Next fall when I read the first edition of the Torch, it’ll be from a different
perspective. After quite a few years as the production adviser for the Torch I’ll be
reading Lane’s independent student newspaper, not as someone involved in the
day-to-day process, but as the average reader. I look forward to seeing the changes
that will go on in the newsroom.
The Torch will most likely change from the current weekly print version as it’s been done for the last 52 years. It might become bi-weekly. It might change in format — from tabloid to magazine format. Beyond those changes, I’m confident that the content published in the Torch will remain true to the Society of Professional Journalist’s Code of Ethics.
As an educator I’ve enjoyed the challenge of working with students who want to learn about the newswriting, photography and design skills that are involved in producing a newspaper. As a colleague I’ve been delighted to work with news advisers who are content experts and have shared their knowledge, not just with the Torch students but with me, too.
Being a member of the Torch staff, also known as a “Torchie,” has never been a course requirement and although some Torchies get paid, no staffer gets anything close to minimum wage for the hours they invest. That means the people I have worked with and advised over the years have chosen to work for and create this award-winning publication. They have worked long, hard hours, they have produced a good product and they have won many awards.
When someone my age hears the word “pacemaker” it could be cause for concern, but last year I welcomed it in a different context when the Torch earned its first nomination as a finalist for the highest award in college journalism from the Associated Collegiate Press. The award is called a Pacemaker and The Torch was one of three community colleges along with 25 four-year schools to be honored as a finalist for this Oscar-equivalent award, in terms of student journalists. This was a nomination for a student newspaper from a school that doesn’t have a journalism program. What Lane does have, and has always had, is the support of the college’s administration for an independent student media. I’ve always been very grateful for that.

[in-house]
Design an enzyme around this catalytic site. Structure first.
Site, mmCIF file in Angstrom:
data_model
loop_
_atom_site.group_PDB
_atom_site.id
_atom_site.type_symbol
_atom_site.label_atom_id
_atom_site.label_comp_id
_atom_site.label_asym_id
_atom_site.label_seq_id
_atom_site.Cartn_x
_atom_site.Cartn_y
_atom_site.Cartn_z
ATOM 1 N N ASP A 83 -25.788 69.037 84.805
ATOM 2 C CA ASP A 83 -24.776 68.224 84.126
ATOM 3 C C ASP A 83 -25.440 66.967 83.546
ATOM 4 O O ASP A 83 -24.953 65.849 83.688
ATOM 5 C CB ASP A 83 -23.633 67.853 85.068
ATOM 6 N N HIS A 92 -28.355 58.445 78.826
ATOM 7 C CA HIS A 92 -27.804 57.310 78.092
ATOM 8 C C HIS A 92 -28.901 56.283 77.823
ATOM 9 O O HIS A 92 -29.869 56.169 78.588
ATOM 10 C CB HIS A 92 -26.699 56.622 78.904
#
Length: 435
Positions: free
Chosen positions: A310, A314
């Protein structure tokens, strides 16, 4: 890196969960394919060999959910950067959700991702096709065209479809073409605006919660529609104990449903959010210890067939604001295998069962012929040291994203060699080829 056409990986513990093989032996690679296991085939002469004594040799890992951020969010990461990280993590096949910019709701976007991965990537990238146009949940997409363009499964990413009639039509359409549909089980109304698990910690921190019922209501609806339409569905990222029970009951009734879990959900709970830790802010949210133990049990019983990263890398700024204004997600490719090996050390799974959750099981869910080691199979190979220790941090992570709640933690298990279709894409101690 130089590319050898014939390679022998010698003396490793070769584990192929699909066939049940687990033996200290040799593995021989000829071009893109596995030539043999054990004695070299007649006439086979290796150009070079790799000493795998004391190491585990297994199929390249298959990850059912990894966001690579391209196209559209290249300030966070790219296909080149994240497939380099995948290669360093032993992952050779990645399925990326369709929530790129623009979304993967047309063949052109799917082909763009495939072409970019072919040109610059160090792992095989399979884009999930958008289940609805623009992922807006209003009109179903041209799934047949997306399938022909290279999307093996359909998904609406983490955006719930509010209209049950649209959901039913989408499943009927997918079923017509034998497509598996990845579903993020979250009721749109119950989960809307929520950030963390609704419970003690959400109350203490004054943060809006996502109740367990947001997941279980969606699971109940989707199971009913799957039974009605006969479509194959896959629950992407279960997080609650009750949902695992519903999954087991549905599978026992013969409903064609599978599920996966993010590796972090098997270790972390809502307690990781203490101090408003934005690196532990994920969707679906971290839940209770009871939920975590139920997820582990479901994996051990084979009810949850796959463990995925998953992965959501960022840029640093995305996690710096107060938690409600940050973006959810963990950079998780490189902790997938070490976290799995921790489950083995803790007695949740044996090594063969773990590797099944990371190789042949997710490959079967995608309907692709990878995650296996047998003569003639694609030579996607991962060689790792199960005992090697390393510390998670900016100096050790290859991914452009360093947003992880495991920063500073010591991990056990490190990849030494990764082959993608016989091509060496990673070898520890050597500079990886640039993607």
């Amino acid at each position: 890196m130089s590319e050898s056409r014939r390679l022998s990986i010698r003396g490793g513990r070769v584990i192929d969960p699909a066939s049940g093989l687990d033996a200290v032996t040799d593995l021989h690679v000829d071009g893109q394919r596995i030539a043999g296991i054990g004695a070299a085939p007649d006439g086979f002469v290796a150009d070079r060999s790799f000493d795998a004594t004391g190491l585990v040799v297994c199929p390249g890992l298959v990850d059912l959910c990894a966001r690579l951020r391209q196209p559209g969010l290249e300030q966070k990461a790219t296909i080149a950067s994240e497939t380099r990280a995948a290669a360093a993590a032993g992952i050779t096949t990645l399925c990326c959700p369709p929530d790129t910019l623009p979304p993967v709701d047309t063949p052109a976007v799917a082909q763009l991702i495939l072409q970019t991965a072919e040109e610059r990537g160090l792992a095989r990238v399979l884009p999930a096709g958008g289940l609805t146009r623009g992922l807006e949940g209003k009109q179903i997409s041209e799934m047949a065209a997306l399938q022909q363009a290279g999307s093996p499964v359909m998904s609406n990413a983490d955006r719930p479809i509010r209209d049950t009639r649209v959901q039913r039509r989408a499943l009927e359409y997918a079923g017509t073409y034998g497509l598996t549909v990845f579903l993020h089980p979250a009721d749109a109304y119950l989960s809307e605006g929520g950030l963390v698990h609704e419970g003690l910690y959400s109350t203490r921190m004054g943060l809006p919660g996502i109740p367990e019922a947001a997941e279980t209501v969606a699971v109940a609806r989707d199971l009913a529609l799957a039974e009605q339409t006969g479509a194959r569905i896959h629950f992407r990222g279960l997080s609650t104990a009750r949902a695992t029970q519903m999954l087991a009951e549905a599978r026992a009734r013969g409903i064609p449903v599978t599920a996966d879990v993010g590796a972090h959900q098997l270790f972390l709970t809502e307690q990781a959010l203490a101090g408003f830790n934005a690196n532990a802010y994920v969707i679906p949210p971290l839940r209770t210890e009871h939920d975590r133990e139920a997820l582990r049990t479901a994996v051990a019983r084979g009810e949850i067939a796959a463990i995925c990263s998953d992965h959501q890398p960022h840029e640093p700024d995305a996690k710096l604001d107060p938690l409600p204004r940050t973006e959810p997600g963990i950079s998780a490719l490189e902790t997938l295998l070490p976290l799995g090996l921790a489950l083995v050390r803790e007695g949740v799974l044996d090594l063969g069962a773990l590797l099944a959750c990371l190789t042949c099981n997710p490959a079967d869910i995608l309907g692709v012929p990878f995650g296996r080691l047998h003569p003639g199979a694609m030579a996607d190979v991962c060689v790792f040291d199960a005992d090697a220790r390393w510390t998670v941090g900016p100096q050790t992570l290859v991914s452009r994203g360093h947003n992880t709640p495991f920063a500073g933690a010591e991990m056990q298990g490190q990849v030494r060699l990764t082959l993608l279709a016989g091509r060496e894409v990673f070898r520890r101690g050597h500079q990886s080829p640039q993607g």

The technology has changed drastically in my time at the Torch. I started at Lane before Macs were invented. Whether we were producing the newspaper doing paste-ups with X-acto knives or using the most recent software there is one thing that hasn’t changed — the dedication shown by the student journalists. They still prove to me day after day that they want to cover stories that matter and I have loved being able to help them in the process.